POR Bruce Gordon March 22, 2009
ASPEN — Peering down on a landscape threatened with change, Bruce Gordon is flying to make a difference.
It may be the Roan Plateau, the desert southwest, a mine site in Alaska or a jungle forest in Belize, but if there is a lesson to be learned, Gordon will be there, flying overhead like a shuttle working a loom in his red, white and blue Cessna 210.
“When I moved to Aspen 40 years ago, I knew I wanted to make a difference,” said Gordon, bundled against the mid-winter chill in multi-pocketed flight pants, white zip turtleneck and bulky down-filled jacket. “But I knew it had to be something effective. I wanted the land to speak for itself.”
Drafted into the Army (operations and intelligence) during the Vietnam era, Gordon used his veterans’ benefits to attend flight school.
He soon discovered Michael Stewart, one of the first conservation pilots, who in 1979 founded Lighthawk, now based in Lander, Wyo.
Stewart’s idea was to take to the air, giving politicians, conservationists, sportsmen and local citizens the opportunity to see first-hand what was happening on their public lands.
“He combined his love for the environment with his love for flying, and I knew that’s what I wanted to do,” Gordon said.
Lighthawk’s message was spot-on and the volunteer-driven organization grew in scope and size — grew so much, in fact, it outgrew Michael Stewart and eventually outgrew Bruce Gordon.
“Lighthawk grew to about 100 volunteer pilots and I started to feel lost, as well as concerned the organization was losing its focus,” Gordon said.
So he branched out and started EcoFlight, which since its inception 20 years ago has remained a one-man air show except for occasional flights piloted by a few handpicked and highly trusted pilots.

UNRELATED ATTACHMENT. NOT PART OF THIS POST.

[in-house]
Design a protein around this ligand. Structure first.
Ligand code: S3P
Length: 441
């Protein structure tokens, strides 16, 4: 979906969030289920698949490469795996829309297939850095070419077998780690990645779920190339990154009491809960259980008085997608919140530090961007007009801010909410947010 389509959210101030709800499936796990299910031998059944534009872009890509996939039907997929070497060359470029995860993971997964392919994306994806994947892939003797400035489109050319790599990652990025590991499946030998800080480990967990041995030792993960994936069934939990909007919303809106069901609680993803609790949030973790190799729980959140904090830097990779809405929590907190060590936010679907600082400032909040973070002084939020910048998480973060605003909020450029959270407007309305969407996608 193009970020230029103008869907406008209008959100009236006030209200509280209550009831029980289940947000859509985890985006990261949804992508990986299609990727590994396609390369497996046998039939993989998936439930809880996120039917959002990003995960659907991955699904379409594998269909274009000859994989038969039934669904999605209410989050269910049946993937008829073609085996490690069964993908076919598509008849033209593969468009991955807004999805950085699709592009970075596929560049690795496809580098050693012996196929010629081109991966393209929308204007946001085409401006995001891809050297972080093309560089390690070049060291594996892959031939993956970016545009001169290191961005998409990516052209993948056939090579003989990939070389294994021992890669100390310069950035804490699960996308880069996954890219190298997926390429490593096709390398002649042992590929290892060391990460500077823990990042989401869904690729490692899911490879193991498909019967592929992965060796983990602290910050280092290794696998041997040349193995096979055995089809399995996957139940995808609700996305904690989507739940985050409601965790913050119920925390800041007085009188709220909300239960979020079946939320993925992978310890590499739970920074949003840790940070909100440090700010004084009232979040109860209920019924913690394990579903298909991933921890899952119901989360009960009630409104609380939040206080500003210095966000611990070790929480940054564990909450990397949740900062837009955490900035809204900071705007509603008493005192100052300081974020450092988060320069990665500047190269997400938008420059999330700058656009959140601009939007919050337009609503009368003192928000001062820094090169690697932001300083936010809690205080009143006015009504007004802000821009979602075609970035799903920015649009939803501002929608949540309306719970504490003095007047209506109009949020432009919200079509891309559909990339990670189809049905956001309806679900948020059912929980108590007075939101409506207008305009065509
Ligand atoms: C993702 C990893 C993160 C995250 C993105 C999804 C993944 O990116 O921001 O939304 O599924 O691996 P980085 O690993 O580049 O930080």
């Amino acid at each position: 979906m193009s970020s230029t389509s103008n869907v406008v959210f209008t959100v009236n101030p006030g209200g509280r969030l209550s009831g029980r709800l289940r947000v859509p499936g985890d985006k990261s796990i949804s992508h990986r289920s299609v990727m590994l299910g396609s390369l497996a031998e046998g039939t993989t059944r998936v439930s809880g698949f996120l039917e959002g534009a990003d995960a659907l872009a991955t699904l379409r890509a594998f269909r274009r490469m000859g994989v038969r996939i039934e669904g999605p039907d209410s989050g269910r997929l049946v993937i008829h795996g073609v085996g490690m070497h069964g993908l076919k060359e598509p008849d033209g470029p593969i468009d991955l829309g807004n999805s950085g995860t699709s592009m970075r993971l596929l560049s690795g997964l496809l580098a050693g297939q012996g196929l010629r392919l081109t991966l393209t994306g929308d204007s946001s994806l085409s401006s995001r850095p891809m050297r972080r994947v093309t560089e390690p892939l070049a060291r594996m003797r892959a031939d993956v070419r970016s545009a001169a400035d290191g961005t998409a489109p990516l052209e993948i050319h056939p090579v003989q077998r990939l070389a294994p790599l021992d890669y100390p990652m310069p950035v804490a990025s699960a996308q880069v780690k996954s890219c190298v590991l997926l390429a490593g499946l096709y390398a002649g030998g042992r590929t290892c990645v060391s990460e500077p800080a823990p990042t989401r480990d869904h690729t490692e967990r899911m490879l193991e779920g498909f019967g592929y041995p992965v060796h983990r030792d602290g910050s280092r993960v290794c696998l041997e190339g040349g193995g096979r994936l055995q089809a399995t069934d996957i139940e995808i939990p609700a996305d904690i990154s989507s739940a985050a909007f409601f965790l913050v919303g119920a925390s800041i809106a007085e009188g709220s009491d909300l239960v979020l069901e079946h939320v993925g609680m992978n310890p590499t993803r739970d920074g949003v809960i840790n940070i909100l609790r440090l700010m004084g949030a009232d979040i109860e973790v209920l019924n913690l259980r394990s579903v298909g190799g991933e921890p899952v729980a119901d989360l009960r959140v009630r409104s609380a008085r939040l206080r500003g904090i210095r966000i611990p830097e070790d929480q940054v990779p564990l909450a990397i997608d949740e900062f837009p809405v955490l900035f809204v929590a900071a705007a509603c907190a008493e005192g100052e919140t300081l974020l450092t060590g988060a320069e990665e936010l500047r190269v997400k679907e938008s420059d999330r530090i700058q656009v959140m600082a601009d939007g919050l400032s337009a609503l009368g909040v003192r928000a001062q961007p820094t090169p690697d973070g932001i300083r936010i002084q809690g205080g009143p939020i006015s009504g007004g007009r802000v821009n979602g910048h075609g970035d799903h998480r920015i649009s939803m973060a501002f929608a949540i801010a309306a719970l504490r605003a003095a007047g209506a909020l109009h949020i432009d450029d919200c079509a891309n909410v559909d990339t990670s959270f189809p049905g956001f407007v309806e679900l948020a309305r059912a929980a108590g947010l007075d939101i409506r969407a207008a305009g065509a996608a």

That’s not to ignore Jane Pargiter, Gordon’s South African-born office manager and life partner. She deftly handles many of the office projects that Bruce hasn’t time for, including scheduling interviews, flights and lunchtime ski treks up Snowmass Mountain.
Pargiter’s feet are on the ground while Gordon’s heart is in the skies.
“I use my plane to educate and advocate for the landscape,” Gordon said. “Someone needs to speak for the lands and sometimes it’s a voice you can best hear from the air.”
In recent years, Gordon has used that lofty perch to advocate for wilderness areas, illuminate the environmental damage from unfettered logging or energy development and to offer public officials the rare opportunity to see the connections in broad landscapes of natural resources.
“I want to bring additional information you cannot get from the ground,” Gordon said. “You can take someone up like (Sen.) Mark Udall (D-Colorado), for example. He can fly with sportsmen’s coalitions and talk to them and all of a sudden he can see the Roan Plateau is not just the little Roan Plateau.
“Once in the air, you can see forever the impacts on the landscape of the Roan and the Piceance (Basin) and the industrialization of that land. You never see that from (Interstate) 70.”
Sloan Shoemaker, executive director of the Wilderness Workshop, frequently uses EcoFlight to open landscape views that augment his group’s work on the ground.
“In the public lands advocacy work we do, we spend a lot of time trying to paint pictures with our words or displaying maps so people can grasp the issues we work on,” Shoemaker said.
“But often it’s not until you get people in the sky, where they are to look horizon to horizon to see how landscapes connect, can you open their eyes.
“EcoFlight provides that opportunity to see the big picture. That often makes or breaks the success of the work we do.”
Gordon doesn’t simply preach to the choir, he’s not shy about being stuck in the five-seater plane with some pro-development forces.
“Oh, we target many people and organizations who do not particularly agree with us,” said Gordon, listing such groups as Young Republicans from New Mexico, faith-based groups and sportsmen’s organizations not always on the side of conservation.
“But many times after our flights they have what I call ‘convergence experiences,’ ” Gordon said. “Hopefully, people will get a look at the scale and then make a decision.
“I try to be open-minded and balanced in my approach and I encourage everyone who flies with me to be balanced and open.”
Years ago, his mission was dubbed an “Environmental Air Force” by then-Colorado Sen. Tim Wirth.
Gordon still enjoys the label.